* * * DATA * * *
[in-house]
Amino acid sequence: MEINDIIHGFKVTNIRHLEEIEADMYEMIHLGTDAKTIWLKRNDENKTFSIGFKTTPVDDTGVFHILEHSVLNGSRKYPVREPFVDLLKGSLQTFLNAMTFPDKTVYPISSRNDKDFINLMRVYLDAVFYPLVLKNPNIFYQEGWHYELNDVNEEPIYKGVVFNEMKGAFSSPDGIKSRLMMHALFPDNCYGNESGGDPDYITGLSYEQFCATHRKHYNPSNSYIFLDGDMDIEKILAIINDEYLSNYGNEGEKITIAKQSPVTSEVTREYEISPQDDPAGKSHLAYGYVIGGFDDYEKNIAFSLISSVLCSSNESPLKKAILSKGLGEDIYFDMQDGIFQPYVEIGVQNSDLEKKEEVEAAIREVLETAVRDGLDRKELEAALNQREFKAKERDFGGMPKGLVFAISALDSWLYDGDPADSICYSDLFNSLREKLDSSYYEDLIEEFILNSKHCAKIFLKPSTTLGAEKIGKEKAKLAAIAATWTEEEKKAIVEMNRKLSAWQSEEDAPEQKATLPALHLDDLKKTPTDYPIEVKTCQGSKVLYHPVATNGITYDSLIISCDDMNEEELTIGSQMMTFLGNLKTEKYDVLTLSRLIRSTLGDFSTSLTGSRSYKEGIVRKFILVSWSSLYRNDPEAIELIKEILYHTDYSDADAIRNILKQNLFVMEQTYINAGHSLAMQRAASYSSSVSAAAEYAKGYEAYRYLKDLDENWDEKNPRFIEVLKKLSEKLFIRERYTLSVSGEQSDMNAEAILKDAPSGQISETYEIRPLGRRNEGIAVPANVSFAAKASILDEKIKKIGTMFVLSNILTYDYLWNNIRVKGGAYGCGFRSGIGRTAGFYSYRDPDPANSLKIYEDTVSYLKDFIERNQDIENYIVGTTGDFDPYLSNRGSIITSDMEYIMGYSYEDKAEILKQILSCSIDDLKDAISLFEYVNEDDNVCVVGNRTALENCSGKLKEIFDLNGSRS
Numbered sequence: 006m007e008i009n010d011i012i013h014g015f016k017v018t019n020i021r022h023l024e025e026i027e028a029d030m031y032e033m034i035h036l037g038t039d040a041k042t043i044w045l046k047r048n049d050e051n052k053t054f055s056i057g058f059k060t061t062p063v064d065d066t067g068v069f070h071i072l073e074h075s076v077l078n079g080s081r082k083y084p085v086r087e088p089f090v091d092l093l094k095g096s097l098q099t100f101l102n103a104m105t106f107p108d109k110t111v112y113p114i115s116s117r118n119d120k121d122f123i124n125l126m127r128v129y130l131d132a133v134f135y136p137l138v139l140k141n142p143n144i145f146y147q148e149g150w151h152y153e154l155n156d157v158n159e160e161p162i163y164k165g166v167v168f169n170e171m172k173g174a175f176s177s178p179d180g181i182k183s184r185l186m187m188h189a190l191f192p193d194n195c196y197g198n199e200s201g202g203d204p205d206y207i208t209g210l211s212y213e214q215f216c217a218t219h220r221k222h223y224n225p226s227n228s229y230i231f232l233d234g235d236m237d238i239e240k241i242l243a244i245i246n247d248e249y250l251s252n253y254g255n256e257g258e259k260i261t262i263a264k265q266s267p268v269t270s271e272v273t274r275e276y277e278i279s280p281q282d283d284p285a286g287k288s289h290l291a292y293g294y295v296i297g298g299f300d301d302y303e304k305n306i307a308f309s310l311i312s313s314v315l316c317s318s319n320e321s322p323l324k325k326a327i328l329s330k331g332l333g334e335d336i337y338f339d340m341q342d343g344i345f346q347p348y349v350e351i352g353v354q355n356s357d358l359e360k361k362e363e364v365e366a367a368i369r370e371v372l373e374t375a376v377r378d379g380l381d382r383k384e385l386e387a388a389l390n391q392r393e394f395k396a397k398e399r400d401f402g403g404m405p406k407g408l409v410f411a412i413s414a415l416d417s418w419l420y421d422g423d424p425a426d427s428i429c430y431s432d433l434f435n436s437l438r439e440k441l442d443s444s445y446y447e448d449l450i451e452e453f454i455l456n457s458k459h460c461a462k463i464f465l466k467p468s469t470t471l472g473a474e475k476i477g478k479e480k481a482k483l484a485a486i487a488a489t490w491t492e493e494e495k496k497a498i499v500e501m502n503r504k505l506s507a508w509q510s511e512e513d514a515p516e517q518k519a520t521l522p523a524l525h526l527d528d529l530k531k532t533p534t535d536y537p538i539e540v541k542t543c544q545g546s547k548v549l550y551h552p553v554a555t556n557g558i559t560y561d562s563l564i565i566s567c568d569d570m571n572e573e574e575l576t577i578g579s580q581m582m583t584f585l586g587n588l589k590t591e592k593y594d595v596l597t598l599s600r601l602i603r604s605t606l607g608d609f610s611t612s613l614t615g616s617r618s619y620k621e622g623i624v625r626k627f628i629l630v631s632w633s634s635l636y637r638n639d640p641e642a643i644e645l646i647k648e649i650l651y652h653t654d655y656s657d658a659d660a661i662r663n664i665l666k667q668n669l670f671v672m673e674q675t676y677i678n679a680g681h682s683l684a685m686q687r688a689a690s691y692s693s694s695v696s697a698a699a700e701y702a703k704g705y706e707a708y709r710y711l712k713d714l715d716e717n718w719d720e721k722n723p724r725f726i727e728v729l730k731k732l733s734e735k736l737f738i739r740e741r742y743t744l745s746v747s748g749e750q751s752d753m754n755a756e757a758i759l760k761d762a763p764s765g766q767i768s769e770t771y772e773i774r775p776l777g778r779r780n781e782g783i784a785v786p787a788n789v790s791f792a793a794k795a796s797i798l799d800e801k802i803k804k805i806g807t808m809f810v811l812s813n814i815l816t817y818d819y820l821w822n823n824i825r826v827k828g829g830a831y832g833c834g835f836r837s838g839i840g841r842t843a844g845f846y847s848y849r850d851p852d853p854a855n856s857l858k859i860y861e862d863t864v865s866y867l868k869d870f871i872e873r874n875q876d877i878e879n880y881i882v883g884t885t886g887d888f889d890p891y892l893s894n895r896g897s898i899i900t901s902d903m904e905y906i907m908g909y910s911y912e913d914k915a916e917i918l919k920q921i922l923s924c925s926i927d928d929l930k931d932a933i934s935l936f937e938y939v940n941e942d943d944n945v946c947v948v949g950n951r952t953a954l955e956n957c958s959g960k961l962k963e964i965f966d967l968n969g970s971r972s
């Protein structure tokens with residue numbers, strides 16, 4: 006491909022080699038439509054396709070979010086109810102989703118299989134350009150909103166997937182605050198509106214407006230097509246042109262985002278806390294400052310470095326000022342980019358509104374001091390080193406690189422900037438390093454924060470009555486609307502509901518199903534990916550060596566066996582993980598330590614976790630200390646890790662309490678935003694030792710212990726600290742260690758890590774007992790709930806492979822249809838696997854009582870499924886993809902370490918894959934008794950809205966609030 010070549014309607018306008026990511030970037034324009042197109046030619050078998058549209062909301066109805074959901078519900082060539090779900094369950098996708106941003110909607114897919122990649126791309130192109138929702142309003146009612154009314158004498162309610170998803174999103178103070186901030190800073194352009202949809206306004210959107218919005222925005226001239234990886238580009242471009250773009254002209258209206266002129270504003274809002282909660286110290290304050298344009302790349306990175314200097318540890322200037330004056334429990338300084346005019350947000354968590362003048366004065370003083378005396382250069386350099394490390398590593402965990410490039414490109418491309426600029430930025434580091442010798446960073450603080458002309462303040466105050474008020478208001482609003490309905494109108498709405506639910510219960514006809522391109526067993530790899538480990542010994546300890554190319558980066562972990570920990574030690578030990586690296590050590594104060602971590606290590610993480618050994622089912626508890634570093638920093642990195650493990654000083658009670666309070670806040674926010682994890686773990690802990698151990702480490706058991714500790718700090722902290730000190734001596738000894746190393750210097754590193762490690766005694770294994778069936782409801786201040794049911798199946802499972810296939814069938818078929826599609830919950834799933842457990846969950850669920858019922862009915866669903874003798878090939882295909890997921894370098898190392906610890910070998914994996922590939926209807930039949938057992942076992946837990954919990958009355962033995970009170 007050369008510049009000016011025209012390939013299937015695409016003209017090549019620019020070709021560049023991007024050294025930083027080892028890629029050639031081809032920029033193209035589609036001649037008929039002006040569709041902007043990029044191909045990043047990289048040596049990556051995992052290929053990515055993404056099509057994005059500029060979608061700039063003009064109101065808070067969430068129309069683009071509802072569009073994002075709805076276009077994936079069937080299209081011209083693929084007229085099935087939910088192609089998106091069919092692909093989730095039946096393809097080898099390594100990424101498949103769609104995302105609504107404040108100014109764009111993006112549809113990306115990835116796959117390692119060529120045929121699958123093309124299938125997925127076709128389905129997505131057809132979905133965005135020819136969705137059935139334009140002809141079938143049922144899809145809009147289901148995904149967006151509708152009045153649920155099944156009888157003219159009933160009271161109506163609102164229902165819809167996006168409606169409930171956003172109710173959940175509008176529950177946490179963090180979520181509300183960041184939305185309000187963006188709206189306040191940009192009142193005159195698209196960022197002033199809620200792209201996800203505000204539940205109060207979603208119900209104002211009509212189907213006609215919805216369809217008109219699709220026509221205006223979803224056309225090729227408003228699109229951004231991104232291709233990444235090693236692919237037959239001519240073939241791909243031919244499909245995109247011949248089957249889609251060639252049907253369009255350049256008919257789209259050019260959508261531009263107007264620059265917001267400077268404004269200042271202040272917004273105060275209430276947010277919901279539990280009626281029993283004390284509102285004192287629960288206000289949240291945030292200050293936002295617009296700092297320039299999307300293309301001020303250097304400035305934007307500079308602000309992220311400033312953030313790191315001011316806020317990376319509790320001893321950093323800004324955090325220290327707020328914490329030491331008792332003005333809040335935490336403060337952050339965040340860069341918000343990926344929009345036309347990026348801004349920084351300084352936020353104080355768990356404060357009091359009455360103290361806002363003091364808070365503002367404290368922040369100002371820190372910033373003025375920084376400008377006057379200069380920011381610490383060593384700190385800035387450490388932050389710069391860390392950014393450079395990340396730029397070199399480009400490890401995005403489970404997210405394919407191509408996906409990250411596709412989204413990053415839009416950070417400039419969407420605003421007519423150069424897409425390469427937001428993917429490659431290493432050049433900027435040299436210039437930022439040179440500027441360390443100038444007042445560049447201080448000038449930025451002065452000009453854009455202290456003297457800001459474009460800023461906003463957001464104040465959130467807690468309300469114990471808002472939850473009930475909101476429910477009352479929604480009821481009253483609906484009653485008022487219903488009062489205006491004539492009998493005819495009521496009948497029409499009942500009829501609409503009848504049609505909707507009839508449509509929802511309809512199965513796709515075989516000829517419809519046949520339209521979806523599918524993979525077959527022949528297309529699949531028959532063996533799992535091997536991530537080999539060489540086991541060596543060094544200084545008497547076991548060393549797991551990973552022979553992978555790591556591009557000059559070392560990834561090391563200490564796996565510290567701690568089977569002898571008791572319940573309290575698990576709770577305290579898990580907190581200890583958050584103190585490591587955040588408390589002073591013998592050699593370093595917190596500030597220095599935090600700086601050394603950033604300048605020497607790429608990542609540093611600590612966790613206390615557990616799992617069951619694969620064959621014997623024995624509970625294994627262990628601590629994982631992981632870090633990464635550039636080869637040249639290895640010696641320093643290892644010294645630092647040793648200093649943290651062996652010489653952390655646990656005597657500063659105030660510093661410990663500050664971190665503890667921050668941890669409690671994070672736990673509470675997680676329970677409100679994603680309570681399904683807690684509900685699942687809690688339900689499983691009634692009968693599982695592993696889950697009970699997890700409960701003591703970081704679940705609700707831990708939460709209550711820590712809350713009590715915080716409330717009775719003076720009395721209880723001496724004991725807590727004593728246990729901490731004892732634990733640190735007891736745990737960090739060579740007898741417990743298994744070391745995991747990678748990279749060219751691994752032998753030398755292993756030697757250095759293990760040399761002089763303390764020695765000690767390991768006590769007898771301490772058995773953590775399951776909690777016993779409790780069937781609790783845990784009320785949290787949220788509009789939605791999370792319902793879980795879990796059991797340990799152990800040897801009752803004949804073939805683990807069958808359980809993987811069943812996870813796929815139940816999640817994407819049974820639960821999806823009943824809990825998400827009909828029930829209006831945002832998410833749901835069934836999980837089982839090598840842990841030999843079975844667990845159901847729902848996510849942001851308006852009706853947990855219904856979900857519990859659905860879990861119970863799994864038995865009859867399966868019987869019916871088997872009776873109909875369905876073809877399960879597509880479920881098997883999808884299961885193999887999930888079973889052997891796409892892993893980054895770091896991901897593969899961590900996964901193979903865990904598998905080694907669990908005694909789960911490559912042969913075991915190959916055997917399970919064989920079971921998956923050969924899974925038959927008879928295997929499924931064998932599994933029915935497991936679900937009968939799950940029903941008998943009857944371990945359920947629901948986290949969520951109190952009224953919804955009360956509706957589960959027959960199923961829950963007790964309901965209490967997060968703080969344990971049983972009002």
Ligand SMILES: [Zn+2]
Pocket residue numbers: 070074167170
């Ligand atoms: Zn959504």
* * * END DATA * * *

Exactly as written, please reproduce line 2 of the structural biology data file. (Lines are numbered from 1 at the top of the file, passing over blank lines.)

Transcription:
Amino acid sequence: MEINDIIHGFKVTNIRHLEEIEADMYEMIHLGTDAKTIWLKRNDENKTFSIGFKTTPVDDTGVFHILEHSVLNGSRKYPVREPFVDLLKGSLQTFLNAMTFPDKTVYPISSRNDKDFINLMRVYLDAVFYPLVLKNPNIFYQEGWHYELNDVNEEPIYKGVVFNEMKGAFSSPDGIKSRLMMHALFPDNCYGNESGGDPDYITGLSYEQFCATHRKHYNPSNSYIFLDGDMDIEKILAIINDEYLSNYGNEGEKITIAKQSPVTSEVTREYEISPQDDPAGKSHLAYGYVIGGFDDYEKNIAFSLISSVLCSSNESPLKKAILSKGLGEDIYFDMQDGIFQPYVEIGVQNSDLEKKEEVEAAIREVLETAVRDGLDRKELEAALNQREFKAKERDFGGMPKGLVFAISALDSWLYDGDPADSICYSDLFNSLREKLDSSYYEDLIEEFILNSKHCAKIFLKPSTTLGAEKIGKEKAKLAAIAATWTEEEKKAIVEMNRKLSAWQSEEDAPEQKATLPALHLDDLKKTPTDYPIEVKTCQGSKVLYHPVATNGITYDSLIISCDDMNEEELTIGSQMMTFLGNLKTEKYDVLTLSRLIRSTLGDFSTSLTGSRSYKEGIVRKFILVSWSSLYRNDPEAIELIKEILYHTDYSDADAIRNILKQNLFVMEQTYINAGHSLAMQRAASYSSSVSAAAEYAKGYEAYRYLKDLDENWDEKNPRFIEVLKKLSEKLFIRERYTLSVSGEQSDMNAEAILKDAPSGQISETYEIRPLGRRNEGIAVPANVSFAAKASILDEKIKKIGTMFVLSNILTYDYLWNNIRVKGGAYGCGFRSGIGRTAGFYSYRDPDPANSLKIYEDTVSYLKDFIERNQDIENYIVGTTGDFDPYLSNRGSIITSDMEYIMGYSYEDKAEILKQILSCSIDDLKDAISLFEYVNEDDNVCVVGNRTALENCSGKLKEIFDLNGSRS